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Tim Hetherington, 1970-2011: A Farewell (2)

True witnessing — and bearing witness — can’t happen at some secure remove from reality. They require the presence of the observer at the event, Goya’s “Yo lo vi (I saw this)” from “The Disasters of War” to give their testimony force. Tim Hetherington’s passing reminds us of the price all too often paid by others for our ability to engage vicariously with the cruelest events of our times, and of our obligation to honor those who thus serve in our stead. […]

World Press Photo 2012 (b)

Time to rethink the whole World Press Photo project from the ground up. If they ever get serious about catching up with where “press photography” has gone since 1955, WPP might want to scrap the entire process of Academy Awards-style categories and prizes, and become instead a serious forum for discussion of information-based, issue-oriented imagery in the new media environment. […]

World Press Photo 2012 (a)

It’s not to much to ask of a western European NGO that it revitalize itself after half a century of same old same old. It’s in that spirit — hoping for signs of some tectonic shift, though not expecting any — that I accepted the invitation to attend the opening reception for World Press Photo 2012 in the Main Gallery of the Visitors’ Lobby at United Nations Headquarters in Manhattan on August 15. […]

Whither World Press Photo? (2)

World Press Photo was founded in the Netherlands in 1955 — not coincidentally, the year in which Edward Steichen’s extravaganza, “The Family of Man,” made its debut as a traveling exhibit and a catalogue. That enormously influential show and book undoubtedly exerted a considerable influence on the way that the WPP exhibitions took form when they began. That influence can still be felt today; the individual images for the most part reiterate the classic tropes of that era, the show itself collects and sorts its contents into little more than a yearly variation on the Steichen model. […]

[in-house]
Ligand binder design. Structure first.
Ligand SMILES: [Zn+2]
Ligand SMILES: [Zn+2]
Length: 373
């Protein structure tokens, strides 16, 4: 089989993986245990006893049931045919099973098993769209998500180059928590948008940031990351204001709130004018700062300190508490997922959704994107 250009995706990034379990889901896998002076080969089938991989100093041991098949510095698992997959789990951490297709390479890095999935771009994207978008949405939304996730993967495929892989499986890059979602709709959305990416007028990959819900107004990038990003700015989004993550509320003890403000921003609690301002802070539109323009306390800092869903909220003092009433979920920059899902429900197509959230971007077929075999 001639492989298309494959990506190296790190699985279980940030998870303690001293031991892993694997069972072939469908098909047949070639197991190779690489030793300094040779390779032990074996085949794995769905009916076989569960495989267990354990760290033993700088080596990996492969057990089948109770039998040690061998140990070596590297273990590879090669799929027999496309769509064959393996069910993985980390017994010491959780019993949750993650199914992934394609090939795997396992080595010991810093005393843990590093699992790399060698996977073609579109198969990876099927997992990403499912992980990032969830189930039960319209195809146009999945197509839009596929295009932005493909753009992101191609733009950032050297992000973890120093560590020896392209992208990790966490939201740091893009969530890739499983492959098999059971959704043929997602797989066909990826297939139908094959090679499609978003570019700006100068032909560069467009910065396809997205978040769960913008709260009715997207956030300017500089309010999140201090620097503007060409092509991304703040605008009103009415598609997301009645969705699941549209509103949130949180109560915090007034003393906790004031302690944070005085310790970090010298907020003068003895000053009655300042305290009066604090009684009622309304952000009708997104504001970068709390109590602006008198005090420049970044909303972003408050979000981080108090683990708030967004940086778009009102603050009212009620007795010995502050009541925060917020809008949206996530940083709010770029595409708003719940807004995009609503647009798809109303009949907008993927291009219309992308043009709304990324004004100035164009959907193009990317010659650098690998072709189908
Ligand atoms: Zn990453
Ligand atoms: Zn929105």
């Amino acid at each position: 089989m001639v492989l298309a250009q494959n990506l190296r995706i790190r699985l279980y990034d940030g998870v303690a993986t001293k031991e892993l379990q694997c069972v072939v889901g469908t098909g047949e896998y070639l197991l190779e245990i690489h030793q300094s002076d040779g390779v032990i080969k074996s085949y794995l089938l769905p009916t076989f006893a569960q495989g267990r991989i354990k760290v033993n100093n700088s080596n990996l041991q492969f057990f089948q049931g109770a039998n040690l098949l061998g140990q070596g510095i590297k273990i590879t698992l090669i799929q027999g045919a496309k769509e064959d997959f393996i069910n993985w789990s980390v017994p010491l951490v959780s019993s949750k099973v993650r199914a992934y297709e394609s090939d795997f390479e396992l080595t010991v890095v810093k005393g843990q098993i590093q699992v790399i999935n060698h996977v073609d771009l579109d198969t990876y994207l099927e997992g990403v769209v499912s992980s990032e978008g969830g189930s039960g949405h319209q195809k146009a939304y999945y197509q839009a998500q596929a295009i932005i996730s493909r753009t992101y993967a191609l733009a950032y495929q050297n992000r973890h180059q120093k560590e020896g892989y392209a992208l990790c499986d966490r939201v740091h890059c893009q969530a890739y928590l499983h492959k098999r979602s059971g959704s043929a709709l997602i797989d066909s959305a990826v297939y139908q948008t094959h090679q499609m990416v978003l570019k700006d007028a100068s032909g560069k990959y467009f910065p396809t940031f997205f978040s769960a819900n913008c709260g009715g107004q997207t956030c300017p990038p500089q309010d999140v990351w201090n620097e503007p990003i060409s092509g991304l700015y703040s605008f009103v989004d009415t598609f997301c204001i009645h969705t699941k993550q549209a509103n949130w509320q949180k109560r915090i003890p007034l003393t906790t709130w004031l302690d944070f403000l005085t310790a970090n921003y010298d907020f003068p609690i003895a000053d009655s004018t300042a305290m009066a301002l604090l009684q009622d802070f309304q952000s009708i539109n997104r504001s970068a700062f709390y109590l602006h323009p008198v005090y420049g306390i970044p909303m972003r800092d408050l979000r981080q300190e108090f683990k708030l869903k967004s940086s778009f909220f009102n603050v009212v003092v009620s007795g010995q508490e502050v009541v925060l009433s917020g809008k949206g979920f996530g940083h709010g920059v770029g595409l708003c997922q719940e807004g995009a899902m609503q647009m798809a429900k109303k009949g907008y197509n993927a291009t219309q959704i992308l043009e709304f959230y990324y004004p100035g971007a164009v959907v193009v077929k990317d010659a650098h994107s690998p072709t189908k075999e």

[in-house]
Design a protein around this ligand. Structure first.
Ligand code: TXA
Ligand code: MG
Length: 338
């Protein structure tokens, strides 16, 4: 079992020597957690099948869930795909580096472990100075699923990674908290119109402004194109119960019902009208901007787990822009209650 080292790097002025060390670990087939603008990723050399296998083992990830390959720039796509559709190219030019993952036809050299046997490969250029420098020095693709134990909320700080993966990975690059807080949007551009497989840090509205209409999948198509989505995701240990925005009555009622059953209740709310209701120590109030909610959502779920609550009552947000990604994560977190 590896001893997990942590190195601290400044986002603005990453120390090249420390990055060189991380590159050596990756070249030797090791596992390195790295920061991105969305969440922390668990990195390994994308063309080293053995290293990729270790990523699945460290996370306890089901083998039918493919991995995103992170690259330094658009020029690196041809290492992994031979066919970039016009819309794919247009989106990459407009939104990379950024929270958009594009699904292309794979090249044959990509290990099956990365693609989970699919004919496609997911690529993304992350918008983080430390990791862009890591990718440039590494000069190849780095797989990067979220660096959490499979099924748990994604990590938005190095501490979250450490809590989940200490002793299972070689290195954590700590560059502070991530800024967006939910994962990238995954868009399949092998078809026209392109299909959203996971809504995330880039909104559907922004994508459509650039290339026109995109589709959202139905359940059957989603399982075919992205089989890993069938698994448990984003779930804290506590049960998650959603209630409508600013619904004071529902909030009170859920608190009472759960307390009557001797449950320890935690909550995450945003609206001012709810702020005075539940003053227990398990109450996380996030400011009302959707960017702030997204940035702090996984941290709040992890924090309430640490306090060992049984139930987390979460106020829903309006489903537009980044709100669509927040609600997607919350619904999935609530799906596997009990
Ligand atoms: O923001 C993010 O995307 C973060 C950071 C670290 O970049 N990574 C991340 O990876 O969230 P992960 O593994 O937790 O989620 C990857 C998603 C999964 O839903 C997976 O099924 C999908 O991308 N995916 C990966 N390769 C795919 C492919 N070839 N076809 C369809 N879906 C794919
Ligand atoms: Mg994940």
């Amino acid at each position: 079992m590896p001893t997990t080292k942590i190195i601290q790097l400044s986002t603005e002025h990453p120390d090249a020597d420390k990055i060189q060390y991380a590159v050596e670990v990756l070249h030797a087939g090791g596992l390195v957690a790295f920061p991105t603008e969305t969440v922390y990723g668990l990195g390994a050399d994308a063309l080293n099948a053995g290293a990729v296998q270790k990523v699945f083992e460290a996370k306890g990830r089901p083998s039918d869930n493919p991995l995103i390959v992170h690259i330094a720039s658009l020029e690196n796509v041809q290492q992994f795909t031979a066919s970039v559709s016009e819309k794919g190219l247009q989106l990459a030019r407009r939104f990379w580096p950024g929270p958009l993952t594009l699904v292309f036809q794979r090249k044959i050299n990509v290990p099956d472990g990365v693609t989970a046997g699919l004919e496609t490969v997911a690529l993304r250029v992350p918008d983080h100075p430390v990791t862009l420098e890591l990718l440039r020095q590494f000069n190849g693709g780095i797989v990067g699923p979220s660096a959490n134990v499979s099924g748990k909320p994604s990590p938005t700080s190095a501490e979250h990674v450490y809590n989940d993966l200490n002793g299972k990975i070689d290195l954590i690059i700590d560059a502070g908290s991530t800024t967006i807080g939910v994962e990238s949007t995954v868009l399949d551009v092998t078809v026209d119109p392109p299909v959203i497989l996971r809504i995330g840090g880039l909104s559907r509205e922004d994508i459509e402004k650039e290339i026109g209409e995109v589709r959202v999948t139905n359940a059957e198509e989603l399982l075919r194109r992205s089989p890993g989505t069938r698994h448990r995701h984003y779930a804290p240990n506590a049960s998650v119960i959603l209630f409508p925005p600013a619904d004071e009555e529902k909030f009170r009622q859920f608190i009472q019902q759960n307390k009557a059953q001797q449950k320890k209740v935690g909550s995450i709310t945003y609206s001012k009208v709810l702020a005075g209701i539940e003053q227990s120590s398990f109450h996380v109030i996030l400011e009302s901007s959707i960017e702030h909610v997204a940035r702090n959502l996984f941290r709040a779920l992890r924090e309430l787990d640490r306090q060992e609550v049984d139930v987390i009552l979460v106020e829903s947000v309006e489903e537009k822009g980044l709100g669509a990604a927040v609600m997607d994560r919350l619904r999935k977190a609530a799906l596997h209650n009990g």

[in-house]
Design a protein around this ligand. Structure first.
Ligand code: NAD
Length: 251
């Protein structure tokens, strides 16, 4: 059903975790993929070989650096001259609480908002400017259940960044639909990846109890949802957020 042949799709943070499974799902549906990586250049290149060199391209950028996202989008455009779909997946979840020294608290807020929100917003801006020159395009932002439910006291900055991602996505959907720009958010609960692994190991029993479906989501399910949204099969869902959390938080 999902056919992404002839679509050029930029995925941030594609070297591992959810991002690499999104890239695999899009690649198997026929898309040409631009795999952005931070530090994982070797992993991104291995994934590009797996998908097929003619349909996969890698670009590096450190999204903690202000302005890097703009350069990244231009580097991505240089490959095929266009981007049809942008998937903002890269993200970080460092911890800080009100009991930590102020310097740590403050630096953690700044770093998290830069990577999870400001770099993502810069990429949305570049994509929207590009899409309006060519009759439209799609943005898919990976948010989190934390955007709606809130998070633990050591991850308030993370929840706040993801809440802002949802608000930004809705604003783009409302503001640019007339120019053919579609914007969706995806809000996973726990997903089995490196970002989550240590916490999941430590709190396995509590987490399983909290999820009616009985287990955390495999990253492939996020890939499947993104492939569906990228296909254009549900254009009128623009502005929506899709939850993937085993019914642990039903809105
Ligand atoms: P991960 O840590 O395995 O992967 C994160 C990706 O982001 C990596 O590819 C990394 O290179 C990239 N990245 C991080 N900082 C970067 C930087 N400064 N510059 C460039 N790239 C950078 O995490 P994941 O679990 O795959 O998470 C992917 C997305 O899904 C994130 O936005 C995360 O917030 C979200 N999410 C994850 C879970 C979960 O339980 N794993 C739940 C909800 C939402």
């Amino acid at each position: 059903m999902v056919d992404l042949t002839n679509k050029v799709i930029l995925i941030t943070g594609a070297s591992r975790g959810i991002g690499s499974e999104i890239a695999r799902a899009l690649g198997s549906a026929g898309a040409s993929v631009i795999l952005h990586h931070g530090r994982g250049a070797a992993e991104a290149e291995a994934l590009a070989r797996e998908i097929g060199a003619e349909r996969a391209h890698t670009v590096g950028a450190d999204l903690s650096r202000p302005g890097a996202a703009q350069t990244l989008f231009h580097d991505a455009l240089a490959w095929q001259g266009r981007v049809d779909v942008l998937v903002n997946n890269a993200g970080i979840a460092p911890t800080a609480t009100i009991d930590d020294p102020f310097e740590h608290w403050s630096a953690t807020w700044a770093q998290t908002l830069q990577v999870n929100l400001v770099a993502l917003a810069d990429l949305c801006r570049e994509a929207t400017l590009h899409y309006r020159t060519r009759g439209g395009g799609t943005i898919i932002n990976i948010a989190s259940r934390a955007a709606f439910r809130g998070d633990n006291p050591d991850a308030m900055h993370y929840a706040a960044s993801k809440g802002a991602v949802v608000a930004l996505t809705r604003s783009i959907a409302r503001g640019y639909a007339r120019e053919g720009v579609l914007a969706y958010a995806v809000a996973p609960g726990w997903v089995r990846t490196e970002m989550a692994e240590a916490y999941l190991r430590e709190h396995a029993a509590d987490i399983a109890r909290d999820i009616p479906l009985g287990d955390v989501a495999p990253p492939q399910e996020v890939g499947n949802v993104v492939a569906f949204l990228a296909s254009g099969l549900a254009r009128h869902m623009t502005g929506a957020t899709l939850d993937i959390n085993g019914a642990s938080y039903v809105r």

Whither World Press Photo? (1)

I’m not sure if anyone today expects press photography generally, or particular stories told in that form, to change the world; I certainly don’t. At the same time, because we become what we behold, I don’t think that anyone in the field doubts that press photography is a process of perception management, and thus shapes the world in important ways. Much of the decision-making is of course in the hands of management and capital. However, I find it hard to believe that photojournalists and their agencies and their editors are entirely hapless pawns in the hands of witless and/or malevolent but all-powerful publishing cartels. […]